DOCTOR WHO Review: The Time of the Doctor (SPOILERS!)
By Kyle Anderson on December 25, 2013
That’s that, then, is it? The Doctor is gone, long live the Doctor. I’m sure “The Time of the Doctor” isn’t what most people thought it would be, and it might leave a percentage of fandom cold, but from where I’m sitting, next to my mom’s Christmas tree after a festive and joyful day, I can’t think of a better way for the Eleventh Doctor to end his tenure that began a week shy of four years ago when a 20-something goofball checked in to see if he had all his appendages, if he was a girl, and if he was ginger. There were lots of loose ends for writer Steven Moffat to tie up, but somehow he did it. Again, whether or you think he did a good job of it is another matter. I’ll say this, though: it had no potions or physics-defying not-deaths. Matt Smith got to be the hero he always was and go out with class.
As I said before, Moffat had a lot to do, what with us still not knowing how the Doctor ended up on Trenzalore, why the first question was the first question, why “silence will fall,” and how he could get around those pesky regenerations. It’s as though Moff creates problems just so he has to solve them, like he has a split personality when he writes. Granted, a lot of the problems stemmed from Series 6, which is easily my least favorite, and the least focused. It may seem like a hand wave the way things ended up, but it’s actually very clever (if easy), and it cleans the slate rather nicely for the next fellow. More on that later.
So, “The Time of the Doctor” is all about inevitability, fate if you will. We know, even if the characters don’t, that Smith is leaving the show and Peter Capaldi is taking over, but the whole of the series has been about changing the future. If “The Day of the Doctor” taught us nothing, it’s that not only can time be rewritten, but popular fan wisdom as well. If you don’t like the music, change the station; If you don’t like the future, make a new one. How does the Doctor reconcile not wanting to die, but knowing he must? The truth? He doesn’t, but that’s where friends come in, yet again.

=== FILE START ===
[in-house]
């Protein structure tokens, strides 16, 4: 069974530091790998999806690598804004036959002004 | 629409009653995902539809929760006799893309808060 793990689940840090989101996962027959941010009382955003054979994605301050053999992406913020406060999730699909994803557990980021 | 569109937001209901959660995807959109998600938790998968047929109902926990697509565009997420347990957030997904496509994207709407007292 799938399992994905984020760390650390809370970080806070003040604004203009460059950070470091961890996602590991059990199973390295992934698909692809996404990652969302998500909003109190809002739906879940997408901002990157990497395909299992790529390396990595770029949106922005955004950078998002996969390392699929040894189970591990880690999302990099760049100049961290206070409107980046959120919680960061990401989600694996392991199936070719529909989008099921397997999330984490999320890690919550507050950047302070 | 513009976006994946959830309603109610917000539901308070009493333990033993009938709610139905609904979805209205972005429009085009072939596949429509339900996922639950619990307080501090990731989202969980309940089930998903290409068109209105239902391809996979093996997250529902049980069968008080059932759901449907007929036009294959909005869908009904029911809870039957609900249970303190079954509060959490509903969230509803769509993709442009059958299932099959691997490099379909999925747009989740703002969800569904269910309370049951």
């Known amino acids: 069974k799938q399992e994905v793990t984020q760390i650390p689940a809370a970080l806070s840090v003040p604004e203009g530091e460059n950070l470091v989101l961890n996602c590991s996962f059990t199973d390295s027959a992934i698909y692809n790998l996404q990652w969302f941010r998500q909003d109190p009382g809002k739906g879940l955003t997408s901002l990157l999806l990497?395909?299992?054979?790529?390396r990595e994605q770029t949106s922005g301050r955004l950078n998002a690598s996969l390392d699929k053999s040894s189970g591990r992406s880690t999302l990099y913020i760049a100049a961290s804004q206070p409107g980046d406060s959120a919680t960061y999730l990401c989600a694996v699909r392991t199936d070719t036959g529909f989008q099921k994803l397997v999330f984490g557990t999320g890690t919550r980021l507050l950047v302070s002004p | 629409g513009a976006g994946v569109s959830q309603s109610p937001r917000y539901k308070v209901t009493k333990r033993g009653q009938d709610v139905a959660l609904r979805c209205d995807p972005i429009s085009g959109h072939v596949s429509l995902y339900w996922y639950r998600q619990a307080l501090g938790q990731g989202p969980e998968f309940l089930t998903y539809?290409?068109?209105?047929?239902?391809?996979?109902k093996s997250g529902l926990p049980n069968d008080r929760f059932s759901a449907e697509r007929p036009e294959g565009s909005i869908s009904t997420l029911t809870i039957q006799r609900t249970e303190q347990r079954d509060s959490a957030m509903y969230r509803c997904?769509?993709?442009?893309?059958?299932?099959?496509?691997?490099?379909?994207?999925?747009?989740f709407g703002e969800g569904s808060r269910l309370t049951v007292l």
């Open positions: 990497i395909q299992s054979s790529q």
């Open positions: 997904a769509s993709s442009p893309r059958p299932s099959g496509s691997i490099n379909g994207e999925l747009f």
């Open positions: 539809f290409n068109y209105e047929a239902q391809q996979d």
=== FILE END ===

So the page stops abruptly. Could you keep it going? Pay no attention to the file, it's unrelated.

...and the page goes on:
After being tricked into going to Trenzalore by the Church of the Papal Mainframe, the Doctor finds in the perpetually truthful town of Christmas the crack in the fabric of the universe, the very same crack he faced before and made “The Big Bang” happen, only this time it’s a question being asked by a long-forgotten, and long-destroyed, world: Gallifrey. They need to know the Doctor is who he says he is, and so ask the question to which the Doctor cannot lie in order to come back into this reality. However, for him to bring the Time Lords back will mean the re-igniting of the Time War, with the Daleks, Cybermen, Sontarans, Weeping Angels, and even the Terileptils (who get name-checked) all waiting to make it happen. The Doctor knows he can’t abandon these people, and the Papal Mainframe instigate silence to make sure he doesn’t speak the name. He sends Clara back to her home in the TARDIS and spends the next 300 years foiling every plot and attempt to attack the good people of Christmas, Trenzalore.